It sounds like something out of Star Trek. Power broadcast through thin air to charge electronic devices like computer peripherals, MP3 players, cell phones, medical devices, and more. Darren Murph at Engadget sums up the idea pretty well, “energy without wires has always seemed like one of those novel concepts that sounds terrific in theory, but remains a tad difficult to imagine hitting the commercial scene for some time to come. Apparently, all that is about to become nonsense, as a Pennsylvania-based startup is set to capture the wireless-loving hearts of, um, everyone when it tackles contactless power products.”
An article in Business 2.0 Magazine has a few more details about the company and their upcoming products:
A startup called Powercast, along with the more than 100 companies that have inked agreements with it, is about to start finding out. Powercast and its first major partner, electronics giant Philips, are set to launch their first device powered by electricity broadcast through the air.
It may sound futuristic, but Powercast’s platform uses nothing more complex than a radio–and is cheap enough for just about any company to incorporate into a product. A transmitter plugs into the wall, and a dime-size receiver (the real innovation, costing about $5 to make) can be embedded into any low-voltage device. The receiver turns radio waves into DC electricity, recharging the device’s battery at a distance of up to 3 feet.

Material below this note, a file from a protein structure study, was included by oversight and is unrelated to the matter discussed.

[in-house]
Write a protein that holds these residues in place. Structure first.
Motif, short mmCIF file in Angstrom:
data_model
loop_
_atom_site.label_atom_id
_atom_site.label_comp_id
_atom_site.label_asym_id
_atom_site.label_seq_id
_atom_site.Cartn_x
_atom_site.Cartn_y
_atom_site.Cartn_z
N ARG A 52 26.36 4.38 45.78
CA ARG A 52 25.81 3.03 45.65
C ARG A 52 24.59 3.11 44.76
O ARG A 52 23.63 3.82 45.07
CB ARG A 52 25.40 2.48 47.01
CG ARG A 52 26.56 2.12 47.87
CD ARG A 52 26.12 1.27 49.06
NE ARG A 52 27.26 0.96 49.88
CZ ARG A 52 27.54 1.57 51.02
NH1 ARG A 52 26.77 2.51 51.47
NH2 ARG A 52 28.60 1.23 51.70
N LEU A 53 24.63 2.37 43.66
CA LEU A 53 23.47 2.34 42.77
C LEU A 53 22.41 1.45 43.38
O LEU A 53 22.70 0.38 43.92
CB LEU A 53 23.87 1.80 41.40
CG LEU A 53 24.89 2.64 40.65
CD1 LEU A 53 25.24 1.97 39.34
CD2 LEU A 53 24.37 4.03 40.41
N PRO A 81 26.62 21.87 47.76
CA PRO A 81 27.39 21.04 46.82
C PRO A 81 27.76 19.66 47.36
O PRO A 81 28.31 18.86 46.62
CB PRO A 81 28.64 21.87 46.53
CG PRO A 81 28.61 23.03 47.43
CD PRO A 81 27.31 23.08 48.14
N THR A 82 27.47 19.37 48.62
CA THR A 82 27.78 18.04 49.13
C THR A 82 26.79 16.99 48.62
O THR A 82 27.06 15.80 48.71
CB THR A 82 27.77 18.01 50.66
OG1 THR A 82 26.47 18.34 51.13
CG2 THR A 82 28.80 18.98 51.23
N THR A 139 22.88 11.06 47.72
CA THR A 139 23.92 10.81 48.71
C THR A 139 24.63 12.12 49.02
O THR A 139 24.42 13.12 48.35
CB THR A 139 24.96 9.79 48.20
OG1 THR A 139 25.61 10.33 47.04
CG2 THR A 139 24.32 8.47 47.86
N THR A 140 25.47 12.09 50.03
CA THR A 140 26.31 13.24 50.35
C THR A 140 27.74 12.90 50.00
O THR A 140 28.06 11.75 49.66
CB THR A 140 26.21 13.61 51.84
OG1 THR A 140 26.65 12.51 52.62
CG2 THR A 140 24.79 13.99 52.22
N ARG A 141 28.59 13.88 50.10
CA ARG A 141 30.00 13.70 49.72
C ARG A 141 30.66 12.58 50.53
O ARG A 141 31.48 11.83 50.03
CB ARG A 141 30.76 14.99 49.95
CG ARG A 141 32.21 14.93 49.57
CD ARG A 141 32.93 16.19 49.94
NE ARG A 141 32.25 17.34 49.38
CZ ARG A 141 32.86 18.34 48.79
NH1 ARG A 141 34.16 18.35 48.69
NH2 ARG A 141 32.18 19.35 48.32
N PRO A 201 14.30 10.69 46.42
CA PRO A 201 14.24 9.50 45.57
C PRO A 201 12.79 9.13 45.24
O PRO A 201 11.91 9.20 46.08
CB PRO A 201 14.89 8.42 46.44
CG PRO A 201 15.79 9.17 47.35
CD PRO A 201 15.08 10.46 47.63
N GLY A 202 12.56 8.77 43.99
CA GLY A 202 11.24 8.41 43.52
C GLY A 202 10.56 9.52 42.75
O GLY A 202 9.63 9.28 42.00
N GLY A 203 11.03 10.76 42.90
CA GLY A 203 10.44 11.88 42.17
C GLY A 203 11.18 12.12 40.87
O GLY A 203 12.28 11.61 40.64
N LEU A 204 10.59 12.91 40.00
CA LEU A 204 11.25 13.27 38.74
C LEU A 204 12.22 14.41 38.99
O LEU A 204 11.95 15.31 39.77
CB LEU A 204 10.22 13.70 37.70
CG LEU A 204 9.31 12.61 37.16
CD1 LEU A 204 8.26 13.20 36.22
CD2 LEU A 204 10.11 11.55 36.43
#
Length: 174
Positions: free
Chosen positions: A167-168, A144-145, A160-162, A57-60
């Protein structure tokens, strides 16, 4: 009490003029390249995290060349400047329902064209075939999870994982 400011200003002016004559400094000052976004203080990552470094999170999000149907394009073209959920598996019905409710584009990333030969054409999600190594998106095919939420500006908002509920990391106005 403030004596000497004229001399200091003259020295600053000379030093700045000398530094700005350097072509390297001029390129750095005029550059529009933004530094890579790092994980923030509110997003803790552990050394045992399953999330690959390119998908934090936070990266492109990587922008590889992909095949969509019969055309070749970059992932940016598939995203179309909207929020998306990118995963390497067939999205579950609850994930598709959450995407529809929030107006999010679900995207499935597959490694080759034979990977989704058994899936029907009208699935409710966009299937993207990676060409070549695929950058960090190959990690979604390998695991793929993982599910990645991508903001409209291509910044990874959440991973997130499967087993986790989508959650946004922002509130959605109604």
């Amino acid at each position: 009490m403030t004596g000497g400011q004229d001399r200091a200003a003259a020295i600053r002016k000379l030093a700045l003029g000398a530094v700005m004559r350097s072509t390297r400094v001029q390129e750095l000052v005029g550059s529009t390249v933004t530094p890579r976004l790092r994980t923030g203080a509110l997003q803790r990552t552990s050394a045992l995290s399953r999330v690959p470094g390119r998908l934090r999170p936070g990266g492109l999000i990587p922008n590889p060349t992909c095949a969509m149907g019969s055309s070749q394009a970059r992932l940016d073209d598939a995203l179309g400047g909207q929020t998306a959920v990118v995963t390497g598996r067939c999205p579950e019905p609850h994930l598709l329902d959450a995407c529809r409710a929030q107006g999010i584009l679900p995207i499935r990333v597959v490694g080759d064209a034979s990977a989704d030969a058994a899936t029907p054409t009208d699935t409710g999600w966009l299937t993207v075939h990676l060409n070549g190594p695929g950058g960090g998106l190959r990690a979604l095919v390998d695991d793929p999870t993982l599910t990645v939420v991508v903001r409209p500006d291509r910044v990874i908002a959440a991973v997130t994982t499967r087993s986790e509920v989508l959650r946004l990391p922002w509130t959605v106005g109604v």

Picture your cell phone charging up the second you sit down at your desk, and you start to get a sense of the opportunity. How big can it get? “The sky’s the limit,” says John Shearer, Powercast’s founder and CEO. He estimates shipping “many millions of units” by the end of 2008. (Quote from Business 2.0)
The technology is not quite ready to charge large consumer devices like laptops, which currently require more power than what can be effectively generated by this technology; however, as manufactures continue to develop laptops with increasingly lower power consumption, this might become feasible in a few years.
Personally, I am pretty excited about this. I tend to charge my electronic devices in the living room, and I am constantly tripping over cell phone chargers, laptop cords, iPod connectors, etc. Being able to plug a charger into an out of the way location to charge a cell phone sitting on a table without any wires is really cool!